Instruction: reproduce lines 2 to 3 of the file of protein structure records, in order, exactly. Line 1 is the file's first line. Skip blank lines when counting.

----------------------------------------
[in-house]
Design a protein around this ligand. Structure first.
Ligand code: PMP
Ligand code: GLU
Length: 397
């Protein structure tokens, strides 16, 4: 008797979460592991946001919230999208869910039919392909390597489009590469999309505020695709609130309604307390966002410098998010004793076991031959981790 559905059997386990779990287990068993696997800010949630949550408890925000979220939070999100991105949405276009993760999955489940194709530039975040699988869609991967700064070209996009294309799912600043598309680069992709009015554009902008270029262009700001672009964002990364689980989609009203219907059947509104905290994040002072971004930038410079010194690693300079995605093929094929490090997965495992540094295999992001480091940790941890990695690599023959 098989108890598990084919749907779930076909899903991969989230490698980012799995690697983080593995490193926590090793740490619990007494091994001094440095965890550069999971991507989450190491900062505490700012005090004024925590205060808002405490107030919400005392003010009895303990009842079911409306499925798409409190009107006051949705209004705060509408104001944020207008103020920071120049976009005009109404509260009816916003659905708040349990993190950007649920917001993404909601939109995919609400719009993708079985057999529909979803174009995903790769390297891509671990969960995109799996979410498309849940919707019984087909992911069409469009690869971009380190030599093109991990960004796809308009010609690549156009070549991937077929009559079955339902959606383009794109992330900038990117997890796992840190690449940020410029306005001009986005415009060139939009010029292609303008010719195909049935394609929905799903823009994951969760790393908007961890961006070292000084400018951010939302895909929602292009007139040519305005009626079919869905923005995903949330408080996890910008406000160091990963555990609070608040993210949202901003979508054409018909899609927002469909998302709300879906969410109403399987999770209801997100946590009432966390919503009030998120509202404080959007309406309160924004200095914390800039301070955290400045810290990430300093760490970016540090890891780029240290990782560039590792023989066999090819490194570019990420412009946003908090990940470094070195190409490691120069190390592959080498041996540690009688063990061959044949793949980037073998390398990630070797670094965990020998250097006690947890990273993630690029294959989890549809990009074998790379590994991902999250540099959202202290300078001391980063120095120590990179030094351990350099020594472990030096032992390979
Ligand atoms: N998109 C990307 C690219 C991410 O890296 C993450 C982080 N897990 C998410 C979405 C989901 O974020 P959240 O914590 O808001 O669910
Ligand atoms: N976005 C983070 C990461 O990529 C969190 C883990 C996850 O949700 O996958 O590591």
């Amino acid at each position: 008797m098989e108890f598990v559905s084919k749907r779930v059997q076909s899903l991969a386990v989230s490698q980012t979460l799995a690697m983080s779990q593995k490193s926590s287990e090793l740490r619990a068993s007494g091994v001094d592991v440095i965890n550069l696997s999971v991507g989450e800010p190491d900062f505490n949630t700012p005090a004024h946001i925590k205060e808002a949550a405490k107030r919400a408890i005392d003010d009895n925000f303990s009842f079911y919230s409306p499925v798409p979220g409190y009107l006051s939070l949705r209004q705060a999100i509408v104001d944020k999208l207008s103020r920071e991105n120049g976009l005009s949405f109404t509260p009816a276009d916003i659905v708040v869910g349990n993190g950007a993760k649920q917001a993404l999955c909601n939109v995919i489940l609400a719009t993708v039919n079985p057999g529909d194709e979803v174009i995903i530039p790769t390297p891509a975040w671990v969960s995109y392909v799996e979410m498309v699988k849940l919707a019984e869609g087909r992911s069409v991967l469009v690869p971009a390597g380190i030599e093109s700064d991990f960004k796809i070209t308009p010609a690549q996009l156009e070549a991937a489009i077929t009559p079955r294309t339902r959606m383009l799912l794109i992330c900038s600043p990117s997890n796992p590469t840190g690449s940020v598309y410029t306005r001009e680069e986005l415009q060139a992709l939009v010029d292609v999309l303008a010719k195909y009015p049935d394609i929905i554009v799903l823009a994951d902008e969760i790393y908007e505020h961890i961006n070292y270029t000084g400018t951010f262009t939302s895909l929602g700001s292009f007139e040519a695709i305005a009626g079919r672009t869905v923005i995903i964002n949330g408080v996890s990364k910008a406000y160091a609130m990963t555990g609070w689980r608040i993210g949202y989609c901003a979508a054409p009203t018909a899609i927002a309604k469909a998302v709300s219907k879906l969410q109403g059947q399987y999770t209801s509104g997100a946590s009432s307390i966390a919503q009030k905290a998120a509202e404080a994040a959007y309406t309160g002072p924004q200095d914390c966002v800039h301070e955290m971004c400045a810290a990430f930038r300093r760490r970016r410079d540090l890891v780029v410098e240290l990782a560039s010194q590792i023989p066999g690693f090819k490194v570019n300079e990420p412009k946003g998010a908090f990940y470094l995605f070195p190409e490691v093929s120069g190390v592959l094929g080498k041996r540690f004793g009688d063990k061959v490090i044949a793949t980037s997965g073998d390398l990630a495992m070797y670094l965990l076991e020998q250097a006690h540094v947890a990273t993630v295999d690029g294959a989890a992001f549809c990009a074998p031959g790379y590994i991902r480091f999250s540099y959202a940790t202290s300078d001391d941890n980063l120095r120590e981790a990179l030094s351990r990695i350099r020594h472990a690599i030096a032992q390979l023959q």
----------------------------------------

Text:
Design a protein around this ligand. Structure first.
Ligand code: PMP